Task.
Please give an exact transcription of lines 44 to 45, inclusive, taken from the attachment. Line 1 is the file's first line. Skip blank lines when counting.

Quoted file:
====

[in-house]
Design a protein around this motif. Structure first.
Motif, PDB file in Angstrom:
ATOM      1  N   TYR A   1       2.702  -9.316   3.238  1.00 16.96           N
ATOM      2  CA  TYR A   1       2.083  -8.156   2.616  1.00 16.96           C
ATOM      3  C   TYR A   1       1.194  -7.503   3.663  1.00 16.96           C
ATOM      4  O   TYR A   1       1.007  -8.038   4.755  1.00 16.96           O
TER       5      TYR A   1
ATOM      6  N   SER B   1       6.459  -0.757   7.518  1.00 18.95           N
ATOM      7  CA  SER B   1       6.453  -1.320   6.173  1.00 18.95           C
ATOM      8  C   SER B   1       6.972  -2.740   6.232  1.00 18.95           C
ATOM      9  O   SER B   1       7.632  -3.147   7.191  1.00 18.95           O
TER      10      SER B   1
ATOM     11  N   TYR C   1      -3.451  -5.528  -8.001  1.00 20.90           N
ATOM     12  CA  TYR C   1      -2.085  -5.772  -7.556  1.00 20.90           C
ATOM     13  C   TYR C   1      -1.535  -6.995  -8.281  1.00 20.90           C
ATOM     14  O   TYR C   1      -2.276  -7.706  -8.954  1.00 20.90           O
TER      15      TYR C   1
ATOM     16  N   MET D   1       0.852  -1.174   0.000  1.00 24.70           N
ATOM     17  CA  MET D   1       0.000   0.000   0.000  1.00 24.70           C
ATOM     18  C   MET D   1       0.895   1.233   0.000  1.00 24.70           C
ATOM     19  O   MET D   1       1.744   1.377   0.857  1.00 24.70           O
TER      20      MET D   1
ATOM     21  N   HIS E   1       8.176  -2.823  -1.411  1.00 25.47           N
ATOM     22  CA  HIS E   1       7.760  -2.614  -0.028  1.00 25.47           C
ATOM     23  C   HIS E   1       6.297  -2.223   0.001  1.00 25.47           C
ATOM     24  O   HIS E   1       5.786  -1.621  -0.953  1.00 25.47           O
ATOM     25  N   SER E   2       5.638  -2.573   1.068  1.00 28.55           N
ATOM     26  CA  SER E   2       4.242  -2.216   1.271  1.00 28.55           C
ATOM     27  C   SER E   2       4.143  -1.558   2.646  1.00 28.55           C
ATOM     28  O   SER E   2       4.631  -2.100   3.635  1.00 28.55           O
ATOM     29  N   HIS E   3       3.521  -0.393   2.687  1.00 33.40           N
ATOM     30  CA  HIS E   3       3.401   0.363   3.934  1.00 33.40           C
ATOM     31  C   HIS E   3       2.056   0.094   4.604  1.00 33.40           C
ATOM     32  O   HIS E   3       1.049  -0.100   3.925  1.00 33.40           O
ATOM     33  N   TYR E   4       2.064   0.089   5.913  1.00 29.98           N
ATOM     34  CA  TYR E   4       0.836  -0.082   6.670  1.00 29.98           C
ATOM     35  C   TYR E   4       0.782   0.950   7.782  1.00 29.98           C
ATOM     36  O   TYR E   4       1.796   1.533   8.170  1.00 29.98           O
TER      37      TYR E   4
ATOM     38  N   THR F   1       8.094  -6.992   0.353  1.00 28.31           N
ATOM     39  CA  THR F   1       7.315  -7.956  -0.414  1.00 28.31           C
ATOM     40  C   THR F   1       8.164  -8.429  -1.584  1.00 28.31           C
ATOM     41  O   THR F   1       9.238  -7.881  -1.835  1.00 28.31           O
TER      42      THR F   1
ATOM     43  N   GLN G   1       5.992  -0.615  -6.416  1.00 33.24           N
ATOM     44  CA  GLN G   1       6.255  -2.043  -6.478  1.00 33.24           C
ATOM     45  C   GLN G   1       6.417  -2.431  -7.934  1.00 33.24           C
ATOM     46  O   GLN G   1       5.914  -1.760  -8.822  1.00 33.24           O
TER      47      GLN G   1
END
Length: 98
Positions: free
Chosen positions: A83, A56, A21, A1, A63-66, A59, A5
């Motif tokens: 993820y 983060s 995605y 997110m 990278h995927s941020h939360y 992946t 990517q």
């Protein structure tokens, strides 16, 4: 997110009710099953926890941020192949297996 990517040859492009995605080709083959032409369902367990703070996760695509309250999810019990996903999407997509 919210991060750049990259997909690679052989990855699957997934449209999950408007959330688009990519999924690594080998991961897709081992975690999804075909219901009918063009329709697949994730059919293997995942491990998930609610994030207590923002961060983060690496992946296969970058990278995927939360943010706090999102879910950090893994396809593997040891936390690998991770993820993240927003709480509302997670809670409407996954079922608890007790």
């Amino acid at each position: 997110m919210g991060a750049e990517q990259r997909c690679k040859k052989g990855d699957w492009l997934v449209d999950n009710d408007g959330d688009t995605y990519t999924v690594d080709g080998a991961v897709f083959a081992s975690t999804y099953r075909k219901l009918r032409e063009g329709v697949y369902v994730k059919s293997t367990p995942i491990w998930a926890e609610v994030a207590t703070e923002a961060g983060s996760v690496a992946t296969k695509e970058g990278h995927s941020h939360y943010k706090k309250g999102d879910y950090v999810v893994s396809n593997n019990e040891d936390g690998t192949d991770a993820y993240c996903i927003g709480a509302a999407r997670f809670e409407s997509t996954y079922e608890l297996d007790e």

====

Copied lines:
ATOM     41  O   THR F   1       9.238  -7.881  -1.835  1.00 28.31           O
TER      42      THR F   1